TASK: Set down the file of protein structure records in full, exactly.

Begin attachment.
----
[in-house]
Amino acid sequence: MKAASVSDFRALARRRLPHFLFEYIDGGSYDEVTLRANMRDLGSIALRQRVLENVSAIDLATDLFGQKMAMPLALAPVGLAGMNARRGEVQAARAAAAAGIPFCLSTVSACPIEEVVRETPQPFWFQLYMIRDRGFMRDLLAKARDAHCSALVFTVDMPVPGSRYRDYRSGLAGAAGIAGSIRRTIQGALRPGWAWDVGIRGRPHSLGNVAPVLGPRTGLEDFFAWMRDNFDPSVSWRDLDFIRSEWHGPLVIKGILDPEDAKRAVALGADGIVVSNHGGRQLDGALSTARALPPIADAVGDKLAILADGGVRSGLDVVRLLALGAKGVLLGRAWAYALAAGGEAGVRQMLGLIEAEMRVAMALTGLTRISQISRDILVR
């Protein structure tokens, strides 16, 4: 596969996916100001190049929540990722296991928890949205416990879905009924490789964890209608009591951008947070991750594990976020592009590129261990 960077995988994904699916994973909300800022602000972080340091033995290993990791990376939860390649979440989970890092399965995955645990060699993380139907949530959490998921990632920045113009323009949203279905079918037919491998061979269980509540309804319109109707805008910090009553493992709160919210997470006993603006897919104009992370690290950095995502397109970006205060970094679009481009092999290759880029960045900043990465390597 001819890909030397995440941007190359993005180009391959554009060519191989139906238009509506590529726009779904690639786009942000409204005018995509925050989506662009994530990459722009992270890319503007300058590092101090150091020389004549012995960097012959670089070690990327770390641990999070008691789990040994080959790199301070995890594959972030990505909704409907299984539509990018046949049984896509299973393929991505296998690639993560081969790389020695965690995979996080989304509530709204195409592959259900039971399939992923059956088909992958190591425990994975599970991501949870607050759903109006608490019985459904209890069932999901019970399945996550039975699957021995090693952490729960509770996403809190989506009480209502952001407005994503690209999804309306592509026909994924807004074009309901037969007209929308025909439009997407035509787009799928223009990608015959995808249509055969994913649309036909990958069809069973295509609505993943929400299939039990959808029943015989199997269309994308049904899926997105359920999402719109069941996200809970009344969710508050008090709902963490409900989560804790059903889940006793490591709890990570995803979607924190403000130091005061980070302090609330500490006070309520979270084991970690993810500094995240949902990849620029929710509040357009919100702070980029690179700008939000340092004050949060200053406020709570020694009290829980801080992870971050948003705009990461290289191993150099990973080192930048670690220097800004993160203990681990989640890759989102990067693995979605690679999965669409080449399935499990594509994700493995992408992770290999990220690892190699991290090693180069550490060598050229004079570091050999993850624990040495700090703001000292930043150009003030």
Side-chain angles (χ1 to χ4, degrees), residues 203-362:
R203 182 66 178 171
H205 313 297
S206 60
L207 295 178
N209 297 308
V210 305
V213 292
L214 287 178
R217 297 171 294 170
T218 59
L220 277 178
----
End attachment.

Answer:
[in-house]
Amino acid sequence: MKAASVSDFRALARRRLPHFLFEYIDGGSYDEVTLRANMRDLGSIALRQRVLENVSAIDLATDLFGQKMAMPLALAPVGLAGMNARRGEVQAARAAAAAGIPFCLSTVSACPIEEVVRETPQPFWFQLYMIRDRGFMRDLLAKARDAHCSALVFTVDMPVPGSRYRDYRSGLAGAAGIAGSIRRTIQGALRPGWAWDVGIRGRPHSLGNVAPVLGPRTGLEDFFAWMRDNFDPSVSWRDLDFIRSEWHGPLVIKGILDPEDAKRAVALGADGIVVSNHGGRQLDGALSTARALPPIADAVGDKLAILADGGVRSGLDVVRLLALGAKGVLLGRAWAYALAAGGEAGVRQMLGLIEAEMRVAMALTGLTRISQISRDILVR
């Protein structure tokens, strides 16, 4: 596969996916100001190049929540990722296991928890949205416990879905009924490789964890209608009591951008947070991750594990976020592009590129261990 960077995988994904699916994973909300800022602000972080340091033995290993990791990376939860390649979440989970890092399965995955645990060699993380139907949530959490998921990632920045113009323009949203279905079918037919491998061979269980509540309804319109109707805008910090009553493992709160919210997470006993603006897919104009992370690290950095995502397109970006205060970094679009481009092999290759880029960045900043990465390597 001819890909030397995440941007190359993005180009391959554009060519191989139906238009509506590529726009779904690639786009942000409204005018995509925050989506662009994530990459722009992270890319503007300058590092101090150091020389004549012995960097012959670089070690990327770390641990999070008691789990040994080959790199301070995890594959972030990505909704409907299984539509990018046949049984896509299973393929991505296998690639993560081969790389020695965690995979996080989304509530709204195409592959259900039971399939992923059956088909992958190591425990994975599970991501949870607050759903109006608490019985459904209890069932999901019970399945996550039975699957021995090693952490729960509770996403809190989506009480209502952001407005994503690209999804309306592509026909994924807004074009309901037969007209929308025909439009997407035509787009799928223009990608015959995808249509055969994913649309036909990958069809069973295509609505993943929400299939039990959808029943015989199997269309994308049904899926997105359920999402719109069941996200809970009344969710508050008090709902963490409900989560804790059903889940006793490591709890990570995803979607924190403000130091005061980070302090609330500490006070309520979270084991970690993810500094995240949902990849620029929710509040357009919100702070980029690179700008939000340092004050949060200053406020709570020694009290829980801080992870971050948003705009990461290289191993150099990973080192930048670690220097800004993160203990681990989640890759989102990067693995979605690679999965669409080449399935499990594509994700493995992408992770290999990220690892190699991290090693180069550490060598050229004079570091050999993850624990040495700090703001000292930043150009003030």
Side-chain angles (χ1 to χ4, degrees), residues 203-362:
R203 182 66 178 171
H205 313 297
S206 60
L207 295 178
N209 297 308
V210 305
V213 292
L214 287 178
R217 297 171 294 170
T218 59
L220 277 178